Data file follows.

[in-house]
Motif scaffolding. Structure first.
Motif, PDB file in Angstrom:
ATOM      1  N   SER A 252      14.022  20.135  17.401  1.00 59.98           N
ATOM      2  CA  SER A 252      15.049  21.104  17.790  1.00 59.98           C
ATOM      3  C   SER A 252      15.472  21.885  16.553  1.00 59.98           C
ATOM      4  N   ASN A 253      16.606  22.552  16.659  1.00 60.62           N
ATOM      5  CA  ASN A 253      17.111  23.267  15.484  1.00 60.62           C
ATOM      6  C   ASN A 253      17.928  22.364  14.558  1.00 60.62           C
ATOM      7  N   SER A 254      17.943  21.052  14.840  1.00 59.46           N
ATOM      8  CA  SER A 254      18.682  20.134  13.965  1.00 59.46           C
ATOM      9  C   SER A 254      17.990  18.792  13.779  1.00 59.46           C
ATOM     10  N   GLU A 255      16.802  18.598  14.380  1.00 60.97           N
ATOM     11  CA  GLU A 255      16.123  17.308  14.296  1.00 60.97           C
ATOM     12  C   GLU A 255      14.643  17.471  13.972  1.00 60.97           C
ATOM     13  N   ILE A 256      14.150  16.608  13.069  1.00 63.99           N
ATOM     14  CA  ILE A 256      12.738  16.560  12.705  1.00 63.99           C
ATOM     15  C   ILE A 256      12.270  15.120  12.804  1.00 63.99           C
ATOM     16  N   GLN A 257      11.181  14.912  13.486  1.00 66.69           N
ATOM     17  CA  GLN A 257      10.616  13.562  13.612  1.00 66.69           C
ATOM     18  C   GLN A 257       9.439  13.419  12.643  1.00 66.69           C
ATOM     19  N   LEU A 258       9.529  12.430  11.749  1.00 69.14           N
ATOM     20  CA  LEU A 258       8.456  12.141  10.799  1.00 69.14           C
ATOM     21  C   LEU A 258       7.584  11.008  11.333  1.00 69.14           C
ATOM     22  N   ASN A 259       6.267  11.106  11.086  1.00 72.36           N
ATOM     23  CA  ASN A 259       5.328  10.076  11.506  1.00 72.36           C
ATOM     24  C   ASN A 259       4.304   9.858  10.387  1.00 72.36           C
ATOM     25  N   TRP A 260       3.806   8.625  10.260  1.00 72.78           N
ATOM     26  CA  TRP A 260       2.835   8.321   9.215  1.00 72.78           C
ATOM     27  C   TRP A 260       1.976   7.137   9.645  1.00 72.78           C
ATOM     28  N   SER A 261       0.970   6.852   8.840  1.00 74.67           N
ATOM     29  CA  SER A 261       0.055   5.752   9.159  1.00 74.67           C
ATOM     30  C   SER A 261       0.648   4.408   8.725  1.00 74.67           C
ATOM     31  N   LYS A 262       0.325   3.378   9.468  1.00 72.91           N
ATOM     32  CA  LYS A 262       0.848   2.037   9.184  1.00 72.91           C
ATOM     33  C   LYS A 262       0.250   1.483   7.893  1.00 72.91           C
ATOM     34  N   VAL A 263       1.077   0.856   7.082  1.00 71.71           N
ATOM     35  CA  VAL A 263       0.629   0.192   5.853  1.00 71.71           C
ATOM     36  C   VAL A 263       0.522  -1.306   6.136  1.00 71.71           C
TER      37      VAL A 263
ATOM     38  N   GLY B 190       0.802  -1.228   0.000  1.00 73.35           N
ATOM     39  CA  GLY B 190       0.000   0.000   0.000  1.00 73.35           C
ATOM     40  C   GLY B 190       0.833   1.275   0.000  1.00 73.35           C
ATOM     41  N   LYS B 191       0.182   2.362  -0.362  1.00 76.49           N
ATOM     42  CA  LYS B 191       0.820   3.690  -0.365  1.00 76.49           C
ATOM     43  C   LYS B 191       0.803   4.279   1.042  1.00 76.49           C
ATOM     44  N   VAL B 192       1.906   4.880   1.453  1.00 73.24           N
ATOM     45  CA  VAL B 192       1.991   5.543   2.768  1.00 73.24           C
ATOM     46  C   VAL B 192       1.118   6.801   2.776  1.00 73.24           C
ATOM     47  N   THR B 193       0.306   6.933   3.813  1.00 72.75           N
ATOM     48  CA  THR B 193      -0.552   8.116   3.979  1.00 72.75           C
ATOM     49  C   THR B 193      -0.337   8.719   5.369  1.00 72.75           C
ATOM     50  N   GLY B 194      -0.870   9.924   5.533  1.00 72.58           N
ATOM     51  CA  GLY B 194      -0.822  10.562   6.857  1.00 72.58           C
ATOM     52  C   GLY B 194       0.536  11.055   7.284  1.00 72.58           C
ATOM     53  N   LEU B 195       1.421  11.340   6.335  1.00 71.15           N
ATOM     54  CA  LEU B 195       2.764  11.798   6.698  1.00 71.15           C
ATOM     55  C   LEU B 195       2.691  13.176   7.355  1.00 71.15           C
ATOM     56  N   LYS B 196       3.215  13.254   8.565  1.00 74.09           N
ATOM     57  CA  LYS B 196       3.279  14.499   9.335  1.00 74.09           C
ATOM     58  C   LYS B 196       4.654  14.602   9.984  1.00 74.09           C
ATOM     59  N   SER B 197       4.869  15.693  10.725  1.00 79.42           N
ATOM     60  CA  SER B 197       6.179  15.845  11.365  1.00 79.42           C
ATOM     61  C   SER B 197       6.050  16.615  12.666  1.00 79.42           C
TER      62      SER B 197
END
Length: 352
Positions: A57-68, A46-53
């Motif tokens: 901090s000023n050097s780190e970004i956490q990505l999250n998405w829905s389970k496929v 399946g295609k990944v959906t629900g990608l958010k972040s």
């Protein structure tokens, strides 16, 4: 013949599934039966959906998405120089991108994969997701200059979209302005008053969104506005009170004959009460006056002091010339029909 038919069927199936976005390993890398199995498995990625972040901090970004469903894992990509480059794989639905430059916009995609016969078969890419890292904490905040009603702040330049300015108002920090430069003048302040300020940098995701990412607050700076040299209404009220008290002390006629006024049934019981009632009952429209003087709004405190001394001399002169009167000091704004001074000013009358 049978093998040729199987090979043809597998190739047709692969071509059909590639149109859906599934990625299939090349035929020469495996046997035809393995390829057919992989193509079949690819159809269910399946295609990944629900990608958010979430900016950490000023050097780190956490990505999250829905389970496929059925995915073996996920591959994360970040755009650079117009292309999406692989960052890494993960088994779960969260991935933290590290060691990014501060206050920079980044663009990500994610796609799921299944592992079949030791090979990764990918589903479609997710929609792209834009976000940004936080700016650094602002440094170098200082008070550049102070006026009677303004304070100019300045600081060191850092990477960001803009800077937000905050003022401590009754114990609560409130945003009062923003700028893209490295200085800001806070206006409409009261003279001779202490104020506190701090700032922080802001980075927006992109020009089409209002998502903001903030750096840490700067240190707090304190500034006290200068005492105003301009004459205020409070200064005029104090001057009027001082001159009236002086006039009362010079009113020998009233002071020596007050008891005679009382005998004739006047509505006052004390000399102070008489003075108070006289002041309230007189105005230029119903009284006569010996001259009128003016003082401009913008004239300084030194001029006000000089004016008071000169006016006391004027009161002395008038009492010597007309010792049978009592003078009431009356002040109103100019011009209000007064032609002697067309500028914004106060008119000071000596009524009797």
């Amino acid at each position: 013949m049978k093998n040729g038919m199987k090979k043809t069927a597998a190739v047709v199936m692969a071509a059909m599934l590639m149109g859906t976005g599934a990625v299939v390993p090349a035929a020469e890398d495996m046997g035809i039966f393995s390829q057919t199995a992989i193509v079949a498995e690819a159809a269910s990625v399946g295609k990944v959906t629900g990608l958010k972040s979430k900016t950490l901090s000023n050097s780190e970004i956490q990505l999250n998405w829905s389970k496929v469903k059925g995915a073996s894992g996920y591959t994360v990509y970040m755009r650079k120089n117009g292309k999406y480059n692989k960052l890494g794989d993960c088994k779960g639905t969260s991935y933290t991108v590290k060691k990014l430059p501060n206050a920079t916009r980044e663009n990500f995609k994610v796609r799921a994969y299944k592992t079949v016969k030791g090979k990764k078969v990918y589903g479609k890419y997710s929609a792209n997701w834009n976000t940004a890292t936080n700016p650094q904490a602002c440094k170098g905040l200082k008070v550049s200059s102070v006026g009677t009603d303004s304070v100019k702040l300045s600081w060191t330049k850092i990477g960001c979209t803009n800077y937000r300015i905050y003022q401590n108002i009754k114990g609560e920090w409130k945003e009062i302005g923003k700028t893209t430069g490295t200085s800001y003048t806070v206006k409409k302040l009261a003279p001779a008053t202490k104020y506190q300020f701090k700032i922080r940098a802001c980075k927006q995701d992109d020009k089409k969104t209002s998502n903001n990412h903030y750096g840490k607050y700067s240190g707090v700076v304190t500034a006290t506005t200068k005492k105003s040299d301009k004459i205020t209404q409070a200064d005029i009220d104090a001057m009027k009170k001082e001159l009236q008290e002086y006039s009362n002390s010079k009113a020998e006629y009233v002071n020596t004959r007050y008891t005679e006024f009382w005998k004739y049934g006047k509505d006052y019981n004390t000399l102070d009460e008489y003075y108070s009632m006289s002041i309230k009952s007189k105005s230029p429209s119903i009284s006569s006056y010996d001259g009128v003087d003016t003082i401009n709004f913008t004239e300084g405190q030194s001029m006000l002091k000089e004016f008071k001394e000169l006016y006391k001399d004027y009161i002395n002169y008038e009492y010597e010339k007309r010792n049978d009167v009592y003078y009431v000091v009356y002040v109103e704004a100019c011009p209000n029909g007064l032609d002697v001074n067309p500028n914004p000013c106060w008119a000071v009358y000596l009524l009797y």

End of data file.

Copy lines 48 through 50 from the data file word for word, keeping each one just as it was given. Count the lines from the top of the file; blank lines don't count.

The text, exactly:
ATOM     45  CA  VAL B 192       1.991   5.543   2.768  1.00 73.24           C
ATOM     46  C   VAL B 192       1.118   6.801   2.776  1.00 73.24           C
ATOM     47  N   THR B 193       0.306   6.933   3.813  1.00 72.75           N